The unity of all life, is a theme that runs through the myths of the creation of the Native North American world. Native American peoples believe that the Earth is female. She gives birth to all the animals, birds, insects, human beings and plants, and continues to offer them healing from her abundant store. Her life force is imbued equally in minerals, plants, and animals, including humankind. Different species are interlinked, so that a plant for example can offer a human healing, but in return the human must care for the plant.
Healing in this tradition involves maintaining and if necessary restoring the natural balance in the land and people, a harmony that operates on the spiritual as well as on the mental and physical planes. Medicine in the Native North American world means power or energy.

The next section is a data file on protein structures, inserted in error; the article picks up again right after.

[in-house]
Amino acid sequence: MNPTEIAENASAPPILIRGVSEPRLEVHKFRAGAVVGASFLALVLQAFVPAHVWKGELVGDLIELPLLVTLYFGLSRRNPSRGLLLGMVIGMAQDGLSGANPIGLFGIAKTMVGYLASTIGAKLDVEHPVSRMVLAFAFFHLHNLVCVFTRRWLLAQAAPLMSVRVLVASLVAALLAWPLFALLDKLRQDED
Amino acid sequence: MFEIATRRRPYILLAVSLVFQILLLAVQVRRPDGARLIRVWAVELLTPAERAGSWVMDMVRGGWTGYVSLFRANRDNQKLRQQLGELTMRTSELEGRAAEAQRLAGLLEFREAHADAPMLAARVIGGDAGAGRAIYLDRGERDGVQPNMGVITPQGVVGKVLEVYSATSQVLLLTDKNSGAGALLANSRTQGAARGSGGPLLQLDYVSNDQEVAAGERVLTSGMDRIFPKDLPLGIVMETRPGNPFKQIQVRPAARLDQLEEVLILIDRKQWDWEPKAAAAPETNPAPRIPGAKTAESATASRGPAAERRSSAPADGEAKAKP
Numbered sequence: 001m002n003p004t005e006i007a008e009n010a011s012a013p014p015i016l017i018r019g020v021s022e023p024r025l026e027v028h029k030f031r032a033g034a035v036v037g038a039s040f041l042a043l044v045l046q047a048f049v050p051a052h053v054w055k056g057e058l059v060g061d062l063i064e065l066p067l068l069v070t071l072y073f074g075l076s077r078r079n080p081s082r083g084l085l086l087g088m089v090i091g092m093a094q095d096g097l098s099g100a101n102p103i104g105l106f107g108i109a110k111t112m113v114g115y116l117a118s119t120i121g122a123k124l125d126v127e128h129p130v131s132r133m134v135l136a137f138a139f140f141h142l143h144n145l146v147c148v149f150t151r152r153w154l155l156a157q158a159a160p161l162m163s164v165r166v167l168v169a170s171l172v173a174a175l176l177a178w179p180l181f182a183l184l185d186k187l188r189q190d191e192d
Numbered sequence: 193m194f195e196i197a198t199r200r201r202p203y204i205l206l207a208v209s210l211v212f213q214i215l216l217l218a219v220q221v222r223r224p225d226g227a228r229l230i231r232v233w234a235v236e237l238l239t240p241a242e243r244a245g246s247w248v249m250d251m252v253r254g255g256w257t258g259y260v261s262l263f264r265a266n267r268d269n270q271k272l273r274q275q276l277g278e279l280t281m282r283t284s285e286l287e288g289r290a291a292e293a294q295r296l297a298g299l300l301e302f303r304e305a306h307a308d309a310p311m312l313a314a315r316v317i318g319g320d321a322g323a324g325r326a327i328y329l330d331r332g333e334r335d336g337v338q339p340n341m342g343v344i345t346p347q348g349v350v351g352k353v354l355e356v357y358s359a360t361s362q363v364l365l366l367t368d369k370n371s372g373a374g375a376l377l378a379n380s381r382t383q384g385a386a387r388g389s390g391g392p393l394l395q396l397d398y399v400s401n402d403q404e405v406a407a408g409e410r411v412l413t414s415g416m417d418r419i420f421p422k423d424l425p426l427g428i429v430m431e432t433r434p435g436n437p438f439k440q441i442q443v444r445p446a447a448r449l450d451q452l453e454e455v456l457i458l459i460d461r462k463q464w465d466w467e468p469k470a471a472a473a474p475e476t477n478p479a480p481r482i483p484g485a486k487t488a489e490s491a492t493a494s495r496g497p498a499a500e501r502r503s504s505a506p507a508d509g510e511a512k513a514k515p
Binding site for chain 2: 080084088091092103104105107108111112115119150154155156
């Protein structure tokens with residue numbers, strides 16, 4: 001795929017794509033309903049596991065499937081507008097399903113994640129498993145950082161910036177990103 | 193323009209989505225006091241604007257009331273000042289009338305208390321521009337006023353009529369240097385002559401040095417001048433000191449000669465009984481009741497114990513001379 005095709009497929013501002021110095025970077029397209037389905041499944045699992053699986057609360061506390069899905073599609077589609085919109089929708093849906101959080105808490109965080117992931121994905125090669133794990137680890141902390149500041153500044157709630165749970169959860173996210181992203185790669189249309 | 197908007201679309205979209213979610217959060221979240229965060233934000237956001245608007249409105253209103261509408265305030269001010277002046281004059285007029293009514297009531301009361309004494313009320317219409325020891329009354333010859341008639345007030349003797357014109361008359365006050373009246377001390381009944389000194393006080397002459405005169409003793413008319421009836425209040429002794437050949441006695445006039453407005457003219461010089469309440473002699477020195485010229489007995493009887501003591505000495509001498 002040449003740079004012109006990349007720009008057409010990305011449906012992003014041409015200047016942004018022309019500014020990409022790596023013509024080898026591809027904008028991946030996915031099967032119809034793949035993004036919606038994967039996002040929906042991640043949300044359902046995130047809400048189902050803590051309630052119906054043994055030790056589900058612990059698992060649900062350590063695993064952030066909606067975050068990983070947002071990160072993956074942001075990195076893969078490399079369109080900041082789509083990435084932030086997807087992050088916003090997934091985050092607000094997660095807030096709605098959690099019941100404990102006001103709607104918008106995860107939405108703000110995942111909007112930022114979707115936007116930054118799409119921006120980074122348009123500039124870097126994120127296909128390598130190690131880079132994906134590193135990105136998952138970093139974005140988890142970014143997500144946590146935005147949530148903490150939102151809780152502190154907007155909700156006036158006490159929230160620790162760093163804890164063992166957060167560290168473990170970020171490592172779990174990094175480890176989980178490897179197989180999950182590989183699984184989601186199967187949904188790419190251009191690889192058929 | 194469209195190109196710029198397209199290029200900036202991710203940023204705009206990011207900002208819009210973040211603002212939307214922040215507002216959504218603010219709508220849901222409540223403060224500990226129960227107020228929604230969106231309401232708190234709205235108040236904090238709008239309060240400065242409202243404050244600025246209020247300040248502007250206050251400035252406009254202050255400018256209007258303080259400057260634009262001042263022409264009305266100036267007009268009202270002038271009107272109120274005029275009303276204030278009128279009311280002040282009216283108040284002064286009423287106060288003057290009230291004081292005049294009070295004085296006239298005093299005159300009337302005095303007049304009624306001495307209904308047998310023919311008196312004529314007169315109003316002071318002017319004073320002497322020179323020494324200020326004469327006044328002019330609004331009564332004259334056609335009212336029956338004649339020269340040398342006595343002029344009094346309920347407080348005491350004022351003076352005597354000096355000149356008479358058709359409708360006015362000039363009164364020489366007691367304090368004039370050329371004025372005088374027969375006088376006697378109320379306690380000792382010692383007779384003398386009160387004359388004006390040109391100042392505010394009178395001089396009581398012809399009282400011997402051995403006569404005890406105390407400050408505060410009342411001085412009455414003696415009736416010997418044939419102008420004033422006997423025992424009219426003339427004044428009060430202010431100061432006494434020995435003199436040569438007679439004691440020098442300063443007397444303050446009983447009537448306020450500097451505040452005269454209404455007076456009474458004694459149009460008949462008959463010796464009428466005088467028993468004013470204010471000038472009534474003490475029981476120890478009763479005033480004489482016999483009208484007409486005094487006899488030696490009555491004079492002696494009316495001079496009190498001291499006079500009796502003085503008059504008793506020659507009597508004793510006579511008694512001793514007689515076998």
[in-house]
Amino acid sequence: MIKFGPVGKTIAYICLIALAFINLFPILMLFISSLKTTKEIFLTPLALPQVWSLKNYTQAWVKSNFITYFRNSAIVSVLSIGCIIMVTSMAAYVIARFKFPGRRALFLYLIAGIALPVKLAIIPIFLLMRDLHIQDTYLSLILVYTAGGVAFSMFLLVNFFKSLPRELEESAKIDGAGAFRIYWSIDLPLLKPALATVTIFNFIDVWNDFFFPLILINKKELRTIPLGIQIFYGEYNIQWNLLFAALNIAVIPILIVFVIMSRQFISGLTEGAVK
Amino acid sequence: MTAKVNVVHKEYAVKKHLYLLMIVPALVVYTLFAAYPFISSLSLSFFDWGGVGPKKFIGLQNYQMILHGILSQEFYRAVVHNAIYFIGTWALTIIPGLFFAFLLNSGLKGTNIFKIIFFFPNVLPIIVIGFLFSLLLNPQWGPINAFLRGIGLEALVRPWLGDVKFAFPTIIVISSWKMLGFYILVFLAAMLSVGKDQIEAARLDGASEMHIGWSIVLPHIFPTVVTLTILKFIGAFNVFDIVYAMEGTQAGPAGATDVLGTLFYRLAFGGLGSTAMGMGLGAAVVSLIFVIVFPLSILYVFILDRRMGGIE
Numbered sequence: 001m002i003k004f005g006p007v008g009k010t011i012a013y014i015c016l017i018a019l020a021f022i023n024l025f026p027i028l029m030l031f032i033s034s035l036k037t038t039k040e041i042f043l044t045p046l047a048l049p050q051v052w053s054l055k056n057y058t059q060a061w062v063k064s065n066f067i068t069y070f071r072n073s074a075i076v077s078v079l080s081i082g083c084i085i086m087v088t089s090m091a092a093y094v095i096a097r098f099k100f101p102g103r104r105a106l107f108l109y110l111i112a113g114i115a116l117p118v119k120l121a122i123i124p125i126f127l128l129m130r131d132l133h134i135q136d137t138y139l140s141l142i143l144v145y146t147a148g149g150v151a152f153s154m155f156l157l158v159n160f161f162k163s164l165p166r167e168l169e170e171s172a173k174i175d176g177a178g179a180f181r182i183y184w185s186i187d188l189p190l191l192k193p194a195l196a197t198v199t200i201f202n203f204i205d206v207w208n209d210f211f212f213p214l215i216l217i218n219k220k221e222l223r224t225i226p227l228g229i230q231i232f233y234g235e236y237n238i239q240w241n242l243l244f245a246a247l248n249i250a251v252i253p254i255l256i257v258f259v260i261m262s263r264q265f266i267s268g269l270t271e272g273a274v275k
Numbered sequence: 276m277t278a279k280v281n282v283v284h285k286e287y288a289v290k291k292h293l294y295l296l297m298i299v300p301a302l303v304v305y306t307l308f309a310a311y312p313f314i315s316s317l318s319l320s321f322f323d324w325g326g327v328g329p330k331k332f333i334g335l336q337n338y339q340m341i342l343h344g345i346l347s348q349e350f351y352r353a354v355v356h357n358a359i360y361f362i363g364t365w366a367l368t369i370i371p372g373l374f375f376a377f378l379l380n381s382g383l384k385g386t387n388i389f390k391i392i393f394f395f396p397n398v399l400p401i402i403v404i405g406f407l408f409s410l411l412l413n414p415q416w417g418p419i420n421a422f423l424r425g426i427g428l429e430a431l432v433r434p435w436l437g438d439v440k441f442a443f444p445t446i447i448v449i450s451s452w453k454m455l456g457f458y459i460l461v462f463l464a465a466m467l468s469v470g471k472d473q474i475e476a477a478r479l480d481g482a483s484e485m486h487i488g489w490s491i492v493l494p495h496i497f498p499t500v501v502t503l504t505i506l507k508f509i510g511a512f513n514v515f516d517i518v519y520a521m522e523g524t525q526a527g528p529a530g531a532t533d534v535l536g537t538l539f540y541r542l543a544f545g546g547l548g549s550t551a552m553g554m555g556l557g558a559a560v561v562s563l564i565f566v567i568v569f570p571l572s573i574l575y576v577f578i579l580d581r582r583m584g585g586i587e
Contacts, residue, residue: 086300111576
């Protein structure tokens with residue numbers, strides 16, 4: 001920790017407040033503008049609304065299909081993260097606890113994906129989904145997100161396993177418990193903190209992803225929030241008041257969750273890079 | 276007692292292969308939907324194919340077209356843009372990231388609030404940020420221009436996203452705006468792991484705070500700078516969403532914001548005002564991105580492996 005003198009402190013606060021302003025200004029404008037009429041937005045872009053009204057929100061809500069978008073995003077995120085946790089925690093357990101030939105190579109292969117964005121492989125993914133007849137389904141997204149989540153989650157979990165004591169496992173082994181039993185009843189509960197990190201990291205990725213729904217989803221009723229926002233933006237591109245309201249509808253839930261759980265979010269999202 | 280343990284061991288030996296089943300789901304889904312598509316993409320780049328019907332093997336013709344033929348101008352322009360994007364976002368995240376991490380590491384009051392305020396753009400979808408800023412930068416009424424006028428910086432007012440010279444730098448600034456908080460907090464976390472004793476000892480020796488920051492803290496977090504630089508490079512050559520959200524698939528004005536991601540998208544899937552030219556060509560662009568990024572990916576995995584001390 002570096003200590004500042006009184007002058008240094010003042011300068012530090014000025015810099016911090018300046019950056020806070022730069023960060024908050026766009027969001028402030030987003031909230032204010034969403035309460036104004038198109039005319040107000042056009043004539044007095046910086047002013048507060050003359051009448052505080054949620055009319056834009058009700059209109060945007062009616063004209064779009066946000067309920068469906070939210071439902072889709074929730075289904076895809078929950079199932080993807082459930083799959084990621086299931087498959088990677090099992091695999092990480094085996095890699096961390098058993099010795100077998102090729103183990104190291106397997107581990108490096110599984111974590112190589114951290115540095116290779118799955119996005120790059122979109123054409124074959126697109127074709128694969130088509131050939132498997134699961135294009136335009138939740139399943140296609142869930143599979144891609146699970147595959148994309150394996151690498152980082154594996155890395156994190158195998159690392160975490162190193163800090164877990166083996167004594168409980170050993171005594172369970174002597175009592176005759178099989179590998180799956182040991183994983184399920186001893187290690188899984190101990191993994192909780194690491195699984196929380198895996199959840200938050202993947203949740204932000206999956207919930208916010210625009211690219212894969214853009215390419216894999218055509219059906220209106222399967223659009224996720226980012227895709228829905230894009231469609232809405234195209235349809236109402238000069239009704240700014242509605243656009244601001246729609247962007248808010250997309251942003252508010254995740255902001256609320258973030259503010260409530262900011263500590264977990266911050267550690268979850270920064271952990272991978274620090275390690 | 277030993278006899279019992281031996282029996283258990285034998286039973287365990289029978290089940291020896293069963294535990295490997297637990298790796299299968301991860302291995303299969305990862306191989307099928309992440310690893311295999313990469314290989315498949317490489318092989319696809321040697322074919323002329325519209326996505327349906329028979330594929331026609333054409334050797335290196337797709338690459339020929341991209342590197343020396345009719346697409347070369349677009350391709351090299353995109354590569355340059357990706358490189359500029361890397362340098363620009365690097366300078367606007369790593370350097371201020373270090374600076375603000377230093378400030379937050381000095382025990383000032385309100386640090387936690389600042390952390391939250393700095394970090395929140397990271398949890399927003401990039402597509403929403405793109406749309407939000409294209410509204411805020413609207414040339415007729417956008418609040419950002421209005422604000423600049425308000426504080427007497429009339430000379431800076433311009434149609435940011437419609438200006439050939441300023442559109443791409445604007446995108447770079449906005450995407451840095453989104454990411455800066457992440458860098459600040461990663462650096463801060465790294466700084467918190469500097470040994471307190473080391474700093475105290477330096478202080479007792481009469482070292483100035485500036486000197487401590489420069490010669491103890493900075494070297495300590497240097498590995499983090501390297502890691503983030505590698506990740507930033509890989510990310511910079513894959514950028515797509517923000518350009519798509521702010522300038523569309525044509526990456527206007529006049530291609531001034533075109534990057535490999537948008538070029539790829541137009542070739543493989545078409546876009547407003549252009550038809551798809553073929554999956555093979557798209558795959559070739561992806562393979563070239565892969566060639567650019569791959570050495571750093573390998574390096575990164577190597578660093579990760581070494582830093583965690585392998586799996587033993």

A Medicine Women is therefore healer, teacher, preacher and weaver of magic. Jamie Sams, a Native American shaman of Cherokee and Seneca descent explains: “When we look at the idea of Medicine, we have to embrace the total person, the body, the heart and the mind and spirit. When these parts are out of balance, there is a need for healing” A person’s medicine is that power which is generated by his or her own talents and strengths, used in a positive way to achieve the right path in life, a path that is called the Beauty Way.
Medicine Women have always been as prevalent as Medicine Men among the Native American peoples. Even where there is a Medicine Man, it is his wife who is keeper of the herb, plant and tree lore that is central to the healing tradition, and who will prepare the herbs for smudging and create healing potions and salves.
A family might have a strong tradition of Medicine Women who inherit the role, or a women may be chosen as a gifted child who might be trained by a practicing Medicine Woman. But in every case, the calling of the initiate is confirmed in a special dream, which is sometimes induced by fasting or a period of solitude. In the dream, the spirit of an animal, a plant or one of the goddess/spirit women imparts secret healing knowledge that can only be validated by the Medicine Women of the people.